Operators for Comparing Values

Prerequisite
Introduction
In the “Operators” group, there are 6 boolean blocks (>, <, ≠, =, ≥, ≤) for comparing between numbers or text strings. For example, you can compare between 3 and 5, or between “apple” and “orange”. The comparison result will be true or false.
Comparing Numbers
You can use the 6 comparison blocks to compare 2 numbers, the same way how you compare numbers in Math.
For example, when you run the block “10 > 5”, it will return “true”. However, if you ask if “5 > 5” or “5 > 10”, you will get a result of “false”.
For a reminder, the ≥ or ≤ blocks will return “true” when the 2 numbers are the same. For example:
Comparing Single Letters
If you are comparing single letters, such as “a” vs “b”, the computer will compare their positions in the list of a to z. For example, “a” is at position 1 in the list, and “b” is at position 2. Since 1 is less than 2, we say “a is less than b”. Obviously, the letter "z’ will be greater than any other letter. Here are some more examples:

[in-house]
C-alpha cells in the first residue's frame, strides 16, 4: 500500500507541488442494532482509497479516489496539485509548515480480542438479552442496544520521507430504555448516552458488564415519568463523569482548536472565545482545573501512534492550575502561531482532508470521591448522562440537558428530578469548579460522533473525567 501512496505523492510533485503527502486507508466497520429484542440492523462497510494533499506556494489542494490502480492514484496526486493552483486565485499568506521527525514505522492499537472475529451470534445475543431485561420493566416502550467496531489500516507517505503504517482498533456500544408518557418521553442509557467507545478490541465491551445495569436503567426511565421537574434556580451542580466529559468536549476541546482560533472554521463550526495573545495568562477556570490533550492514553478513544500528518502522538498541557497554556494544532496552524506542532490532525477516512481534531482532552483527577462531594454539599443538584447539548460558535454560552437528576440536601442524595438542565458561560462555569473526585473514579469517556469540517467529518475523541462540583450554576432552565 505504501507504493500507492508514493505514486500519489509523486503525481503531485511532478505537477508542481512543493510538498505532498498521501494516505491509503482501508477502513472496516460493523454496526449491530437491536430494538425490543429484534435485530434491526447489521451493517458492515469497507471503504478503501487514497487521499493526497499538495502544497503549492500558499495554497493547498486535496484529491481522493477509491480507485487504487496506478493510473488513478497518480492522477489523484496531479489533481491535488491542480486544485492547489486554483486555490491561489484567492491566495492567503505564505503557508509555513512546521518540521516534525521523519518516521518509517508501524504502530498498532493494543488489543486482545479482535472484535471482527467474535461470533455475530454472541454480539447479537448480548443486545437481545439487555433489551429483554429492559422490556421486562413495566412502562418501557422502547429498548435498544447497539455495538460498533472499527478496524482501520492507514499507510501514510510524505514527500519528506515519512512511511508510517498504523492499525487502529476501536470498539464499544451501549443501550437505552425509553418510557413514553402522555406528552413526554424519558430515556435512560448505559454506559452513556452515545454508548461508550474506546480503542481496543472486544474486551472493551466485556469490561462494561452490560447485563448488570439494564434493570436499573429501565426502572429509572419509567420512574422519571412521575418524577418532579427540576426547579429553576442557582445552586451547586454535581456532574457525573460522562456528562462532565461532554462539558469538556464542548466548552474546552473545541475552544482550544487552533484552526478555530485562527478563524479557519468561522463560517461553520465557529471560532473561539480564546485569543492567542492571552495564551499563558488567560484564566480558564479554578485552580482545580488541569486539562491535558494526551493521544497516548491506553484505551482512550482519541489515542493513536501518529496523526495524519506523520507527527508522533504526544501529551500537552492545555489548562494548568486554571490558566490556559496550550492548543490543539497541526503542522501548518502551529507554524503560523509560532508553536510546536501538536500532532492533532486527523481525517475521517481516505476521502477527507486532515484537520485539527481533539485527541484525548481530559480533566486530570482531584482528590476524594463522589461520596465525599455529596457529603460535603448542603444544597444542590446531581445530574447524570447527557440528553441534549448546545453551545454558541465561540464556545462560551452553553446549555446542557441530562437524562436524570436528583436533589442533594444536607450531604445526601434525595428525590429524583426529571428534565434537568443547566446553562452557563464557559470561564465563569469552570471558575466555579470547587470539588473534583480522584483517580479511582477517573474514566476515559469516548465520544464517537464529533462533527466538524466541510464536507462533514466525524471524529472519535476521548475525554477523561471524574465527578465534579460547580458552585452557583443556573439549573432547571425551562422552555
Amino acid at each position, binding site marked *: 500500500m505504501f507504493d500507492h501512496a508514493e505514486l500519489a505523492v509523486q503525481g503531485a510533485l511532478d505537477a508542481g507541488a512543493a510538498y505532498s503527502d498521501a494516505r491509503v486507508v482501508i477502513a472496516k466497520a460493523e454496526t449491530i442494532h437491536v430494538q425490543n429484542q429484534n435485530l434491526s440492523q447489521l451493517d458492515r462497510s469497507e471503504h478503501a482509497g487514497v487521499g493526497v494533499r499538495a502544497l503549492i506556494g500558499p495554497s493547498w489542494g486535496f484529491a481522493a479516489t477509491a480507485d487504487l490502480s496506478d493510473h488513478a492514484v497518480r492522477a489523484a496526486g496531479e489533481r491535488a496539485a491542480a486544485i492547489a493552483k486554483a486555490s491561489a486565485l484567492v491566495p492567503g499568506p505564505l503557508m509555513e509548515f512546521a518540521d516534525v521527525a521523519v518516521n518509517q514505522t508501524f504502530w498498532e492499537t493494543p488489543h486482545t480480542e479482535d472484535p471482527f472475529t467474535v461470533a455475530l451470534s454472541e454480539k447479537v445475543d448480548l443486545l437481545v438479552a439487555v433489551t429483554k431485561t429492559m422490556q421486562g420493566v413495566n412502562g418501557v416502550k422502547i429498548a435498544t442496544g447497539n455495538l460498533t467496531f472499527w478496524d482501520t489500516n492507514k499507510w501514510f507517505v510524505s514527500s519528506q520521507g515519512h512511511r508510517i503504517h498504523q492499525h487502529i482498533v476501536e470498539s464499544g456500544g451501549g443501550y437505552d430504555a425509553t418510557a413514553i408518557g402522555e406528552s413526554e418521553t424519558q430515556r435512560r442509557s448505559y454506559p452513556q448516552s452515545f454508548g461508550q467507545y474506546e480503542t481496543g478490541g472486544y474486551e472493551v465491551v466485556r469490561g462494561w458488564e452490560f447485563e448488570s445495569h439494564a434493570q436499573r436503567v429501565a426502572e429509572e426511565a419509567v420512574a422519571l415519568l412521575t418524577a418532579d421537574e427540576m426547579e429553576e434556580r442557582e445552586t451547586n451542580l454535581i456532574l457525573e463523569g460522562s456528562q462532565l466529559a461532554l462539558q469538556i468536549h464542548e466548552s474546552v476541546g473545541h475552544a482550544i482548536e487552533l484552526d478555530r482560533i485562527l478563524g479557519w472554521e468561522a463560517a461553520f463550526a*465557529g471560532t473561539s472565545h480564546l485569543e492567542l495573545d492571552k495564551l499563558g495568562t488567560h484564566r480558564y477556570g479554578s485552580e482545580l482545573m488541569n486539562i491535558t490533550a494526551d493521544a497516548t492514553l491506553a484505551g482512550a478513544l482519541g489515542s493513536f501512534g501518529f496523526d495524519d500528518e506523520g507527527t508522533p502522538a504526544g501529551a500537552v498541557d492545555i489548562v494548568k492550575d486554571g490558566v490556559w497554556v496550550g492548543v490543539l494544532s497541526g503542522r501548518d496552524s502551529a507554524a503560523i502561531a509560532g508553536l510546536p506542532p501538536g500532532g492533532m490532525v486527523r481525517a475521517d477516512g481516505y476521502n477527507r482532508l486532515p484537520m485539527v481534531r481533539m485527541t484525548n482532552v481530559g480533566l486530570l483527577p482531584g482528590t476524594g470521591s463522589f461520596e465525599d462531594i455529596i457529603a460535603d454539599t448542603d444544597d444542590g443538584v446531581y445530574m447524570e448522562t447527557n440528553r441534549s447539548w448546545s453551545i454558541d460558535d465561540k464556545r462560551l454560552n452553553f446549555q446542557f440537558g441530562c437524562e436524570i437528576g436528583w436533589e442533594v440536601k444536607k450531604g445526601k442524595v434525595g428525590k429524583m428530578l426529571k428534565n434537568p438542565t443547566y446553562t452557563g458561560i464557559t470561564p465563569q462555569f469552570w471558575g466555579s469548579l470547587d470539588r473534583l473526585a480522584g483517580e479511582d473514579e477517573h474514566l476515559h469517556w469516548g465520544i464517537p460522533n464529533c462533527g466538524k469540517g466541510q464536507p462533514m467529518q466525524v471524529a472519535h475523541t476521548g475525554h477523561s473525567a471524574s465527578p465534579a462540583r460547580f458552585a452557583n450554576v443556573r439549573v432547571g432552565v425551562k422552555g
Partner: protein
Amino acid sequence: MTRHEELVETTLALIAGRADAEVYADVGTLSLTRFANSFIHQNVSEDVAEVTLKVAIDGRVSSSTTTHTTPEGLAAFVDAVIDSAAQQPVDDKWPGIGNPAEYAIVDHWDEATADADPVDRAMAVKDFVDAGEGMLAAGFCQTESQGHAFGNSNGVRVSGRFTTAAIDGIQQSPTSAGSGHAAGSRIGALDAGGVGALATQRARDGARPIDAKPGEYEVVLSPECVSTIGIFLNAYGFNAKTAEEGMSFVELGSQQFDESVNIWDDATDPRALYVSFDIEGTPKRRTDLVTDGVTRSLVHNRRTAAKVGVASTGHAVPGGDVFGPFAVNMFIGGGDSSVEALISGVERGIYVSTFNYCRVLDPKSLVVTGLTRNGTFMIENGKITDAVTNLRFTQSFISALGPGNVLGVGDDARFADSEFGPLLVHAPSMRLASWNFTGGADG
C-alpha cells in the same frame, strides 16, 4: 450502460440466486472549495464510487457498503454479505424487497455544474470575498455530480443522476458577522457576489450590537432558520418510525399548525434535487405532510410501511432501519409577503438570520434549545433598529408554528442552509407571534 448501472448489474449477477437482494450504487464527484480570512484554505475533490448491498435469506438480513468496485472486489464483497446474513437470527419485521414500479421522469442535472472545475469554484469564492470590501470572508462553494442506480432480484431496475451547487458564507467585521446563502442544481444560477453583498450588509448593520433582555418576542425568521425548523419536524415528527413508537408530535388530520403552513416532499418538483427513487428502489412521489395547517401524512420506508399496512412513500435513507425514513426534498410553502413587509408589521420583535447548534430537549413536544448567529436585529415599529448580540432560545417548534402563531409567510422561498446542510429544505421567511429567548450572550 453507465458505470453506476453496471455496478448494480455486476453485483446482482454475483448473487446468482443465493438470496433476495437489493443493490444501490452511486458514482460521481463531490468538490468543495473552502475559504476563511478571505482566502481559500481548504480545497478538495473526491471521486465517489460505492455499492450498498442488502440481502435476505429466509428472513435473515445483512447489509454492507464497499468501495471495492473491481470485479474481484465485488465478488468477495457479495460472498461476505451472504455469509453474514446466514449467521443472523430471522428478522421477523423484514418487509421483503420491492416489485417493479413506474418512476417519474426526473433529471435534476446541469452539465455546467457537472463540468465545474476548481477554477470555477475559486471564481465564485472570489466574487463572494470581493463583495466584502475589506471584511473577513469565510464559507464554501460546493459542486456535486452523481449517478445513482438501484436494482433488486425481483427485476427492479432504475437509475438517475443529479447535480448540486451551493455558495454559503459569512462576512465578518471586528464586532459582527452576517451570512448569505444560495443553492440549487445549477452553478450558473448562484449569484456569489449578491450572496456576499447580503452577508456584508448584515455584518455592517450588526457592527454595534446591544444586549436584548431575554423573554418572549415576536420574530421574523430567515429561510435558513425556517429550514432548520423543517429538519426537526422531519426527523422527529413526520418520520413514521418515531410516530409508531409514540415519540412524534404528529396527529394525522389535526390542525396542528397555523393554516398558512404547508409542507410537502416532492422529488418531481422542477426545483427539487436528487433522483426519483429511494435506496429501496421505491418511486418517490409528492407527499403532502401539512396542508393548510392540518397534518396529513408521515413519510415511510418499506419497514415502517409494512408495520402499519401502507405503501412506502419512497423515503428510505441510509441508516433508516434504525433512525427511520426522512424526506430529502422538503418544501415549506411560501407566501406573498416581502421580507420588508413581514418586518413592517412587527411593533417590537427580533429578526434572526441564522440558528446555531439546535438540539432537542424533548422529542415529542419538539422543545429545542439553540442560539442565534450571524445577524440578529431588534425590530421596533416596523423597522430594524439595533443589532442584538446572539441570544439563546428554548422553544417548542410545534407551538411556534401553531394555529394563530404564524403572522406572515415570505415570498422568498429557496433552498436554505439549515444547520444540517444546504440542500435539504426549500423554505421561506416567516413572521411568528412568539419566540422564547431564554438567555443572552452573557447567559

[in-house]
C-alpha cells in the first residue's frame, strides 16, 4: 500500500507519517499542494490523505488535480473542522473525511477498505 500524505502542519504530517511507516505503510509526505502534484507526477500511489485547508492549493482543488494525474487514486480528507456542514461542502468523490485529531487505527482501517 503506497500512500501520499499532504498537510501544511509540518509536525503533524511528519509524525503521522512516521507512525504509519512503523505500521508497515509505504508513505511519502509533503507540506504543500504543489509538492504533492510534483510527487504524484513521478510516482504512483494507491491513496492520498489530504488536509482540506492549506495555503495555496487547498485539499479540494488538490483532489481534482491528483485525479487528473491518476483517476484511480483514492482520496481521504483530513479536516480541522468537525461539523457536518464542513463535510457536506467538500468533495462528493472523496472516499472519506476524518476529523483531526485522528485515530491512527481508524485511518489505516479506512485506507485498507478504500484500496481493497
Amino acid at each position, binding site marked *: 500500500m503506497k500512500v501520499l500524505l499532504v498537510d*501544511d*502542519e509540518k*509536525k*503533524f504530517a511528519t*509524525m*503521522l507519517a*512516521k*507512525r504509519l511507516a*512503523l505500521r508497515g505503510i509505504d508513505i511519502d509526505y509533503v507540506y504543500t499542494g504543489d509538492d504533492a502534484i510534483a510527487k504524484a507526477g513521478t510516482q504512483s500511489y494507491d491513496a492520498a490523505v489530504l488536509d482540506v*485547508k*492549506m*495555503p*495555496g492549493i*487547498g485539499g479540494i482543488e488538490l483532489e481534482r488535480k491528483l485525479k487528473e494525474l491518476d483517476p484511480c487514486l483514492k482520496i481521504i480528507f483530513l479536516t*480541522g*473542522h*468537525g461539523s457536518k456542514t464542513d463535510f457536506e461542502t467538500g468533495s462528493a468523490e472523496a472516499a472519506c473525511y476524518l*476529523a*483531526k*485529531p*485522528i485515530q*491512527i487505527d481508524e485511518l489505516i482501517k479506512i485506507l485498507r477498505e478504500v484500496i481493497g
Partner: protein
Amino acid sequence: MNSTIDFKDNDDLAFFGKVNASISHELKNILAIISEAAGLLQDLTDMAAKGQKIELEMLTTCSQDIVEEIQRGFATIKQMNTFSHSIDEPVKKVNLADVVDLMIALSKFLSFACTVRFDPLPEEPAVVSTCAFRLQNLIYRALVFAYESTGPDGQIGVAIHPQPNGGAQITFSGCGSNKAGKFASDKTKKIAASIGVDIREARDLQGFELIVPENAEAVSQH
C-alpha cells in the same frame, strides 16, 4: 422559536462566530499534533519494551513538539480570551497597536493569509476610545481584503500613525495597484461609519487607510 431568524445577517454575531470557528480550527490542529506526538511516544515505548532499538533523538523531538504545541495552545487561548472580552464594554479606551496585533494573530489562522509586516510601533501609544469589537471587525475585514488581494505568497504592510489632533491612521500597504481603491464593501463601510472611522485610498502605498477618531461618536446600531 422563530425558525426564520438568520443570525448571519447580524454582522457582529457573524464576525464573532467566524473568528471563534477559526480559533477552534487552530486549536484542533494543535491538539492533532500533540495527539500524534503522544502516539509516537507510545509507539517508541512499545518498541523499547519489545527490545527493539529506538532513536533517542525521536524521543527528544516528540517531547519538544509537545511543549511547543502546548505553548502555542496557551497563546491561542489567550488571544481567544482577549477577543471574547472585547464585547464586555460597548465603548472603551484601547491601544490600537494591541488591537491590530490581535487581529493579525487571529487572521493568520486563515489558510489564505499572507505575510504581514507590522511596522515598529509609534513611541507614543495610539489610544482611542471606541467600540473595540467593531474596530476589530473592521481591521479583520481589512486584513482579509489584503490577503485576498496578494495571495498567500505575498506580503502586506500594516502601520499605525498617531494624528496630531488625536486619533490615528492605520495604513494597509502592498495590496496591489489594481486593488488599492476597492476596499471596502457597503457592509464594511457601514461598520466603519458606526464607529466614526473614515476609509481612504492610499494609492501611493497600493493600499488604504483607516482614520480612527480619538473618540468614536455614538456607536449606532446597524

Note that it does not matter if a letter is in upper or lower case. All letters are converted to lowercase before being compared. For example:Comparing Text of One or More Letters
When there is more than one letter, we need to compare the 2 sequences of letters by each letter from left to right.
For example, if we are comparing “cake” vs “cap”:
 Position 1: “c” vs “c”, we get a tie, so we move on to position 2.
 Position 2: “a” vs “a”, we get another tie, so we move on to position 3.
 Position 3: “k” vs “p”. Since k comes earlier in the a to z list, we know “k” is smaller than “p”. Therefore, we can stop here and declare “cake” is less than “cap”.
Here are some more examples: